Saturday, November 24, 2007

Quest for the holy grail over?

For some years now bringing down the cost per kWh of photovoltaics to a more manageable level has been the holy grail of the the solar power industry. At least in the labs high efficiency vacuum deposited "thin film" technologies, that do not rely on silicon, has been around for some years. However these have been expensive and not commercially viable in the mass market.

CREDIT: Nanosolar
Nanosolar has developed a proprietary ink that makes it possible to simply print the semiconductor of a high-performance solar cell.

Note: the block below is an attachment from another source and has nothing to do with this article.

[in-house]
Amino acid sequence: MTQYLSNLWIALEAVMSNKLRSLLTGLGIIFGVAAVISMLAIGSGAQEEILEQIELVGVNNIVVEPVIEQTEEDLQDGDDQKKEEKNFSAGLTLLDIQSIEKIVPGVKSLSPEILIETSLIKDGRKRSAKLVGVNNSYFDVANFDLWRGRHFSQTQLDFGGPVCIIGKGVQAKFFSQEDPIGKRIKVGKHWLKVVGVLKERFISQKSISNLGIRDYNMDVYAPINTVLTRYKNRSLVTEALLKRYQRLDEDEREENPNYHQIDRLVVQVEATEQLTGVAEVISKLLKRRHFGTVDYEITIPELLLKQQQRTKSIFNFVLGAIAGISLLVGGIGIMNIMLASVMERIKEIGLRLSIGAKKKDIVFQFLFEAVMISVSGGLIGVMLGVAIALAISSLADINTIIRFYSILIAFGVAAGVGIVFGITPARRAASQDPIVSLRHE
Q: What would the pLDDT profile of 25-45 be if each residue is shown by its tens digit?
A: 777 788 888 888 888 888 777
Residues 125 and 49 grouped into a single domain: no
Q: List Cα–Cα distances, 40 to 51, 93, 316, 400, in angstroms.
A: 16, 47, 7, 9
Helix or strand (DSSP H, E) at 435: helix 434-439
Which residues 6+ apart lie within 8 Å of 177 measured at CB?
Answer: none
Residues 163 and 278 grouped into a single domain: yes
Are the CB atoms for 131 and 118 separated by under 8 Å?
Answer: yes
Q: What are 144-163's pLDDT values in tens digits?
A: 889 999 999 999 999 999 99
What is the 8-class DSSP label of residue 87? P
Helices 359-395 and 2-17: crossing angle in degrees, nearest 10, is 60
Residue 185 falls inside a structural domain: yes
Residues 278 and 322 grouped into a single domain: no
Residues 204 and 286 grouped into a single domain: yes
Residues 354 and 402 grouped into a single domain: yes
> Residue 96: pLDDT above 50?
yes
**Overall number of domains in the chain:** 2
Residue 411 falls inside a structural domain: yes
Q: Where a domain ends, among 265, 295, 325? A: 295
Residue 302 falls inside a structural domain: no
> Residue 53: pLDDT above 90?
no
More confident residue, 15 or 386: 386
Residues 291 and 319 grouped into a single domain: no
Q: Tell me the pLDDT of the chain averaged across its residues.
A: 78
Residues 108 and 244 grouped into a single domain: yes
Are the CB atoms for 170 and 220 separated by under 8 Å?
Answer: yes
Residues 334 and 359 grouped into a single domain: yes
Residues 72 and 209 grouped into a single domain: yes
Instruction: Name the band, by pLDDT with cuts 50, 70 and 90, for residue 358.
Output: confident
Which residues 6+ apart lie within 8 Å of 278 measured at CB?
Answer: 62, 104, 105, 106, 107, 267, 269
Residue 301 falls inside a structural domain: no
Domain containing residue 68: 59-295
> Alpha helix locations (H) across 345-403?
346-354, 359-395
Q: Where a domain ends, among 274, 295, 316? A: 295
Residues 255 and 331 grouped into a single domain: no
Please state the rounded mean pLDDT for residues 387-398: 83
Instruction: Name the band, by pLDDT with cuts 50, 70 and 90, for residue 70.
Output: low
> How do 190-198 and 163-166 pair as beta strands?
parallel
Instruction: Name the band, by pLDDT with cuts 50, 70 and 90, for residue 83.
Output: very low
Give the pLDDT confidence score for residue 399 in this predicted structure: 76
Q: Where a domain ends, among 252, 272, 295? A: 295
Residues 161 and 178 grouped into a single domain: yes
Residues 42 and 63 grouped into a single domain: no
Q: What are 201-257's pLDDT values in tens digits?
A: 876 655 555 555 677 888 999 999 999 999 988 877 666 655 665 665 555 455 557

Nanosolar is part of the new generation, the so call third wave, of solar cell companies. They are doing away with the expensive vacuum deposit processes and are simply printing the semiconducting ink onto a substrate to make the cell.

The company has just completed it's move to its San Jose manufacturing facility, and is gearing up to start production in first quarter next year. While I'll reserve judgement till I'm actually holding one of their panels in my hands, because as we all know "cheap solar cell technology is now only ten years away..." has been a mantra for the industry for at least twenty years, this is actually looking fairly promising. The quest for the holy grail may now be over.

Update: Nanosolar are now shipping the first panels...

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